Republican senators grilled three top Spitzer administration officials Tuesday at a public hearing about recent steep increases in the number of murderers and other violent felons released on parole.
Neither the officials nor the senators came up with an explanation for the trend, which started before the end of the administration of Republican Gov. George Pataki.
Denise O’Donnell, commissioner of the Division of Criminal Justice Services, testified that the number of A-1 felony offenders, primarily murderers, released at their first appearance before a Parole Board panel was 10 in 2005. It increased to 20 in 2006 and to 40 in the first 11 months of 2007, Democratic Gov. Eliot Spitzer’s first year in office.
The number of A-1 offenders — those guilty of the worst violent felonies — released at a reappearance before a Parole Board panel increased from 63 in 2005 to 128 in 2006 to 185 in the first 11 months of 2007.
O’Donnell said 844 offenders were denied release by the Parole Board in 2007. The Parole Board can authorize the release of prisoners who have served their minimum sentences.
O’Donnell also noted that the state is defending a federal class action lawsuit which alleges that “due to an unofficial policy adopted by the prior administration, offenders serving sentences for A-1 violent offenses were systematically denied parole without genuine consideration of the factors established by the Legislature.” Other lawsuits have raised similar claims, she said, which she could not discuss because they are in litigation.
Under Spitzer, O’Donnell said, “the direction given to the Parole Board is that we expect the Parole Board to function strictly within the confines of the law and to consider the statutory factors which you, the Legislature, require when determining whether release on parole is warranted. That is the only instruction given to the Parole Board. Nothing more, and nothing less.”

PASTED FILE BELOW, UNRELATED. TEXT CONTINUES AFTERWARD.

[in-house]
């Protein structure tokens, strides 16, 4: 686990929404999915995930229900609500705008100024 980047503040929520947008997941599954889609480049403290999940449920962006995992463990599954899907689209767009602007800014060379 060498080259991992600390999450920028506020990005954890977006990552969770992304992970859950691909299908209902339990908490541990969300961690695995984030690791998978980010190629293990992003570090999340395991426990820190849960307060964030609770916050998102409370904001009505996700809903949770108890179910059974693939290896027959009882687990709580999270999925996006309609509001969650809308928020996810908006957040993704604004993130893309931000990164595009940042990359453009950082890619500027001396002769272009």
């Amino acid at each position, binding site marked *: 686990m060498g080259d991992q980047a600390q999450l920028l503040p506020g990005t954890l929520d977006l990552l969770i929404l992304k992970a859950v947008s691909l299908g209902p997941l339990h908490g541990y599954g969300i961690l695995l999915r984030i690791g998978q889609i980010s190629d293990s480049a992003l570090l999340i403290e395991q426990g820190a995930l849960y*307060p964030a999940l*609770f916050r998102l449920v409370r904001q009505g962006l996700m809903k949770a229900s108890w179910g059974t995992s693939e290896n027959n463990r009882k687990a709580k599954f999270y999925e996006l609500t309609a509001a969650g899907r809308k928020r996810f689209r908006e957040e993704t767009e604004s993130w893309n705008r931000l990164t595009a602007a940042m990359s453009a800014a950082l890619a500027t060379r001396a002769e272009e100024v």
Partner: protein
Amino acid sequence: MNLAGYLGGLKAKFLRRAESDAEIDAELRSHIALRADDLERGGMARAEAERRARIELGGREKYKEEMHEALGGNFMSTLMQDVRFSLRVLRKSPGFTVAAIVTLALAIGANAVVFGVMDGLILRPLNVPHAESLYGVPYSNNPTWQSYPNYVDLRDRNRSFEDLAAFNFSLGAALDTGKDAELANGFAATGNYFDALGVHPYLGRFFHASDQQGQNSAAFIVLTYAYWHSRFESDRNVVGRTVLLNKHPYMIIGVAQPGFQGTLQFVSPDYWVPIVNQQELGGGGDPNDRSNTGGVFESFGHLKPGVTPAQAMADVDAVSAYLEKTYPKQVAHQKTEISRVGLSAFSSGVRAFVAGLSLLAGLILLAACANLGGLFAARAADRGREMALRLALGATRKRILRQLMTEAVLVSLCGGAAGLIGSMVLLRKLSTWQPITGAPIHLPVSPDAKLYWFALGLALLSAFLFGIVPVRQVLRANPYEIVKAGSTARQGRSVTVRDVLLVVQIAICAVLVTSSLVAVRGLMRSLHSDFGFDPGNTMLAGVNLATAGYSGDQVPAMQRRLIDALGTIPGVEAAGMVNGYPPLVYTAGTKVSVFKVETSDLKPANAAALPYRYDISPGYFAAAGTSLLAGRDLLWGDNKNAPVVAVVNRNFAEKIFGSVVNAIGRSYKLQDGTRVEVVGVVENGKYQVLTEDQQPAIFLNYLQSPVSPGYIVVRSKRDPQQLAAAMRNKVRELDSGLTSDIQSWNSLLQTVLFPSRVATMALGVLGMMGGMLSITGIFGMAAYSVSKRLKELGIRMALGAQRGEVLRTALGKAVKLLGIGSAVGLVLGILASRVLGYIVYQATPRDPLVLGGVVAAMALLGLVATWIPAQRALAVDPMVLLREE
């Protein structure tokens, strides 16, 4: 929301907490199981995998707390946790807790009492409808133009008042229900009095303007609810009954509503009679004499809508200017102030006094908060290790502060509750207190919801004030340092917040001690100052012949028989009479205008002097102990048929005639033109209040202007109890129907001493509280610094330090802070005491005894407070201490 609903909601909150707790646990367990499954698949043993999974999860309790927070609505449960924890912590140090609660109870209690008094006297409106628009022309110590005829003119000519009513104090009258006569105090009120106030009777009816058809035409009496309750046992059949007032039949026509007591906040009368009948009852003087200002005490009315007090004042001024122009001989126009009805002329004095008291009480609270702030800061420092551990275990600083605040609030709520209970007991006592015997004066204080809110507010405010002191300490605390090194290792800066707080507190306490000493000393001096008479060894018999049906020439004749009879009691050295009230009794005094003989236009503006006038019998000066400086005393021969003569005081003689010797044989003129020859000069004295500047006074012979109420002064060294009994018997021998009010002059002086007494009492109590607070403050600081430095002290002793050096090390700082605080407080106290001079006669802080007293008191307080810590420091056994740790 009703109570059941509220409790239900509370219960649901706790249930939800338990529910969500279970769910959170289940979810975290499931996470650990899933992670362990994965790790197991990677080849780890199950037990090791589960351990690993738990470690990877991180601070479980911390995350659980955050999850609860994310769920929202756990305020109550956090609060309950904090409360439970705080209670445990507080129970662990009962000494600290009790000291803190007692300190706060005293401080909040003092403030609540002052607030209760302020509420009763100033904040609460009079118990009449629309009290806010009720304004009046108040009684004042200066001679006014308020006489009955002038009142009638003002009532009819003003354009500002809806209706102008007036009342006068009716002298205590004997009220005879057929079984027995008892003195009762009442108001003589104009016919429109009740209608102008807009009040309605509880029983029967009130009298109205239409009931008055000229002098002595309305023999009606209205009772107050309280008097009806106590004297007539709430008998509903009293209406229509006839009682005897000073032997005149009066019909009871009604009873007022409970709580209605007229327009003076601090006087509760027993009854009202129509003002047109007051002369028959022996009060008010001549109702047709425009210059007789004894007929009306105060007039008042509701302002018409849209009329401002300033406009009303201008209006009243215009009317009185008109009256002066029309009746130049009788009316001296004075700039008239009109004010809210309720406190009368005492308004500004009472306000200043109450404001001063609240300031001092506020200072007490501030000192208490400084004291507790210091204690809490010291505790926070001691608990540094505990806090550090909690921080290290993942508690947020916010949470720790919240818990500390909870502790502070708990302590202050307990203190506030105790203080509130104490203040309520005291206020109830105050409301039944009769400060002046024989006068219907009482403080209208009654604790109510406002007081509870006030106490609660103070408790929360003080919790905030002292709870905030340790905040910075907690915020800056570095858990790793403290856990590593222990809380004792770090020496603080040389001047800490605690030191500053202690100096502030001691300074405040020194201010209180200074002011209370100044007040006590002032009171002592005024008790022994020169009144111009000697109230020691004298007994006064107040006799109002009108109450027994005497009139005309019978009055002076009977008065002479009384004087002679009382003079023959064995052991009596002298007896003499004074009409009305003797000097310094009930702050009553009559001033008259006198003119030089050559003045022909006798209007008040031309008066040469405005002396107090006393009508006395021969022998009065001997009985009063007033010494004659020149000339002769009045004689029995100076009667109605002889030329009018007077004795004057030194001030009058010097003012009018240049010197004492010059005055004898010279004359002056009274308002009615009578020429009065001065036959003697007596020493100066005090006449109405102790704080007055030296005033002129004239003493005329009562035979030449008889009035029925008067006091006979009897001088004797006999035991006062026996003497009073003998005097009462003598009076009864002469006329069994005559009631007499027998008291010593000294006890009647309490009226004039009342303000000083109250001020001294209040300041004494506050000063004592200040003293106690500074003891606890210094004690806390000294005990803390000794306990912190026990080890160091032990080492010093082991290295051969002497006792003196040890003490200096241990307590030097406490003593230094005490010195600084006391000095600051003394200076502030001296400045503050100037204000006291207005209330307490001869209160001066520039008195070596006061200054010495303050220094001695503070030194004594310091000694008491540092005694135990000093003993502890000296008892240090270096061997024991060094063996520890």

O’Donnell said later, “We know of no policy that existed” under the Pataki administration of improperly denying parole.
Neither she, Parole Board Chairman George Alexander nor Correctional Services Commissioner Brian Fischer came up with an explanation for the recent increase in paroles granted to A-1 offenders.
The New York Alliance for Rational Parole Policies did attempt an explanation. According to its statement released Tuesday: “During the Pataki years decisions were almost exclusively based on the nature of the crime. The law says that ‘nature of the crime’ is but one of several criteria to be considered in the decision making process. Under Governor Spitzer, parole commissioners have been instructed to follow the law, i.e. consider all the factors and not just the nature of the crime, and to give equal weight to each of the factors rather than favoring ‘nature of the crime’ as the most important factor.”
Sen. Michael F. Nozzolio, R-Seneca Falls, chairman of the Crime Victims, Crime and Correction Committee, said he was concerned about the release trend and wants to find out the reason for it. The state’s “zero tolerance” approach has helped bring crime rates down, he said after the hearing, and he does not want to see that successful record jeopardized.
At the hearing, Nozzolio read from a Jan. 15 letter to him signed by nine members of the Capital District Chapter of Parents of Murdered Children. “Before any major changes are made in the laws and policies of New York state to release violent felons back to society,” the letter stated, “we hope that the voices of victims and their families will be given major consideration in any such decision.”
Alexander said the Parole Board’s policy is, “Never can a victim be denied the opportunity to be heard, and never can a legal technicality preclude them from being heard.”
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